5 Options when Renewing your Mortgage

5 Options when Renewing your Mortgage

5 Options when Renewing your Mortgage

Research by UK Finance shows about 800,000 fixed-rate mortgages are due for expiry before the end of 2023 and a further 1.6 million by the end of 2024. Many homeowners will face an increase in comparable fixed-rate terms as UK base rates have risen from just 0.1% in November 2021 to the current rate of 5%. While there is a degree of uncertainty, it is crucial to remain focused and consider all the options when renewing your mortgage.

Switch to standard variable rate

When you come to the end of the fixed-rate term on your mortgage, if you do nothing, you will switch to your lender’s standard variable rate. Currently, the average standard variable mortgage rate is in excess of 8%. Those moving from a fixed rate of between 2% and 4% will see a significant increase in their mortgage repayments.

Switching to a standard variable rate offers a degree of risk, with UK base rates expected to increase before the end of 2023. Alternatively, if base rates were to fall in the short term, switching to a variable rate, with the potential to take out a fixed-rate mortgage on a lower rate, could be beneficial. However, many homeowners prefer a degree of certainty and may look to short-term fixed rates when their current arrangement ends.

Switch to a new fixed rate

Unsurprisingly, many people took advantage of historically low-interest rates in recent years to secure a low fixed-rate mortgage. With around 800,000 mortgage holders coming to the end of their fixed term, some will be faced with an increase of two, three or even four times their previous rate. To put this into perspective, every percentage point increase in your mortgage rate equates to £50 more each month (£600 a year) per £100,000 of mortgage debt.

The ongoing degree of uncertainty has prompted some homeowners to consider short-term fixed rates so they at least have a degree of visibility. Even though experts believe UK base rates will start to fall towards the end of 2024, nothing can be taken for granted.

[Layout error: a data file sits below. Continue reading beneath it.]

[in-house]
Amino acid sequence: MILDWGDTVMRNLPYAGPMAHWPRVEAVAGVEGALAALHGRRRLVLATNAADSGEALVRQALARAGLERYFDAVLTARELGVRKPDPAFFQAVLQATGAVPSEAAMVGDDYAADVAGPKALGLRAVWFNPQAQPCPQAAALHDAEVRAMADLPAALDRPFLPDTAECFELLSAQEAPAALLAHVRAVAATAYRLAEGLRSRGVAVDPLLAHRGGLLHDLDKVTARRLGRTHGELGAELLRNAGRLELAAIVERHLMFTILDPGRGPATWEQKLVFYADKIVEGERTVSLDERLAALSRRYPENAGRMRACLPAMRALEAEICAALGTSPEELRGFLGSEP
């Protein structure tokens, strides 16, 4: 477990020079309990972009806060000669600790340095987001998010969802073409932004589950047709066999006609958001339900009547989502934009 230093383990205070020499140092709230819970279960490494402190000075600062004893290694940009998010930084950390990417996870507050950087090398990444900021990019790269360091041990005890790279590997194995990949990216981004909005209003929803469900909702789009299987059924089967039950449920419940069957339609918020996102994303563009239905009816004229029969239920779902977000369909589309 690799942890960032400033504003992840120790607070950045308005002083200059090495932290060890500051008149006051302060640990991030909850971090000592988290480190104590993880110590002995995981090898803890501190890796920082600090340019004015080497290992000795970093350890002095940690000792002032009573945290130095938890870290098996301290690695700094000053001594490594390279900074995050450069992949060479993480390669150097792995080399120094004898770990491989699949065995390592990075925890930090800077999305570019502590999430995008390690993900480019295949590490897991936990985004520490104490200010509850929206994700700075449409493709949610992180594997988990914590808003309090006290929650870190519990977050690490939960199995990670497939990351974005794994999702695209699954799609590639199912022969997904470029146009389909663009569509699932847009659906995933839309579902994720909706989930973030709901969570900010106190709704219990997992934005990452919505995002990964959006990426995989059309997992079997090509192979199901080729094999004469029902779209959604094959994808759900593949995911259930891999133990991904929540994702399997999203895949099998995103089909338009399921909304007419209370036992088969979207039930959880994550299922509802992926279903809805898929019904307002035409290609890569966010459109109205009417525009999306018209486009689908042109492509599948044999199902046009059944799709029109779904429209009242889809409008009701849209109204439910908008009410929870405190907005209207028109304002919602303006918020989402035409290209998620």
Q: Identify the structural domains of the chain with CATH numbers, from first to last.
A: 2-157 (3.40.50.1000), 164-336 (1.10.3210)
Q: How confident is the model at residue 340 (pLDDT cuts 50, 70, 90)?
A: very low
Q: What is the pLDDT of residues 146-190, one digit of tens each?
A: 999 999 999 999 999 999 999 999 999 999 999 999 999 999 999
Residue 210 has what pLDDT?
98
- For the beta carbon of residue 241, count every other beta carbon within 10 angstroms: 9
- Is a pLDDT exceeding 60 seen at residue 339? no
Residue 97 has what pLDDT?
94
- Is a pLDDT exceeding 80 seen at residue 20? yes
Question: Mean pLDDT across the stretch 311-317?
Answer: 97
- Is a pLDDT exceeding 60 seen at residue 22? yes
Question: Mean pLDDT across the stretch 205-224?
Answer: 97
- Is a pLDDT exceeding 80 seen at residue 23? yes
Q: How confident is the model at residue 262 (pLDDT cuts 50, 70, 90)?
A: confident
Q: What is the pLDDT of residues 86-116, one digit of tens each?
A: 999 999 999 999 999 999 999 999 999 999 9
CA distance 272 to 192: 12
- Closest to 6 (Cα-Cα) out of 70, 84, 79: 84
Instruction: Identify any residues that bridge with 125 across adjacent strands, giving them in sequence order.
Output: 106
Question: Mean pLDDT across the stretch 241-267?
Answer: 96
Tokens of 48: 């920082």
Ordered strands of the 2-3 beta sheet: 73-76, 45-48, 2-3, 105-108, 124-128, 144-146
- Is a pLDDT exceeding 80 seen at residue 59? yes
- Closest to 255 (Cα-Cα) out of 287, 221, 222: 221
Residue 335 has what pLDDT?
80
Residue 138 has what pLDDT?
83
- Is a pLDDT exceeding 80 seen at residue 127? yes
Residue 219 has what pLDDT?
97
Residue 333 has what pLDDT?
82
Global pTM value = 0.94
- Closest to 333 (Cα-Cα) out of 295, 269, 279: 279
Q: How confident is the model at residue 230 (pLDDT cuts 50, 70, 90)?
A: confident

Remortgage on a longer term

Historically, the average UK mortgage has had a 25-year term, although recently, due to financial difficulties, this is now approaching 30 years. As the cost of living crisis continues to put pressure on household budgets, it may be an option to remortgage on a longer term, thereby reducing your monthly payments. The obvious downside is that you will pay more interest throughout your mortgage but alternatively face the potential risk of losing your home. It may be an option for some people.

Reduce mortgage using savings

Even though savings rates have increased recently, they are still significantly less than a typical fixed or variable-rate mortgage. While many households are struggling, some homeowners have savings which could be used to reduce their mortgage capital on renewal. While a “rainy day fund” can be helpful in these difficult times, this has to be balanced against reducing your mortgage capital requirement and the long-term interest savings.

Any reduction in the loan-to-value ratio will reduce the risk to the lender and should see the headline mortgage interest rate fall. If you are faced with a mortgage renewal, it is vital to take professional advice.

Release equity 

Many of the so-called baby boomers are sitting on a significant equity element in their property while struggling to balance their daily financial budget. In this scenario, it may be possible to release equity by taking out a larger mortgage while appreciating the affordability test and LTV ratio. This could be extremely useful where homeowners have other high-interest debts, with equity in their property seen as dead money.


While there are several options for those faced with a mortgage renewal in the short term, the most appropriate route will depend on individual circumstances. Consequently, you must take professional advice regarding your mortgage and broader finances to identify the best solution for your situation.

Posted in Mortgage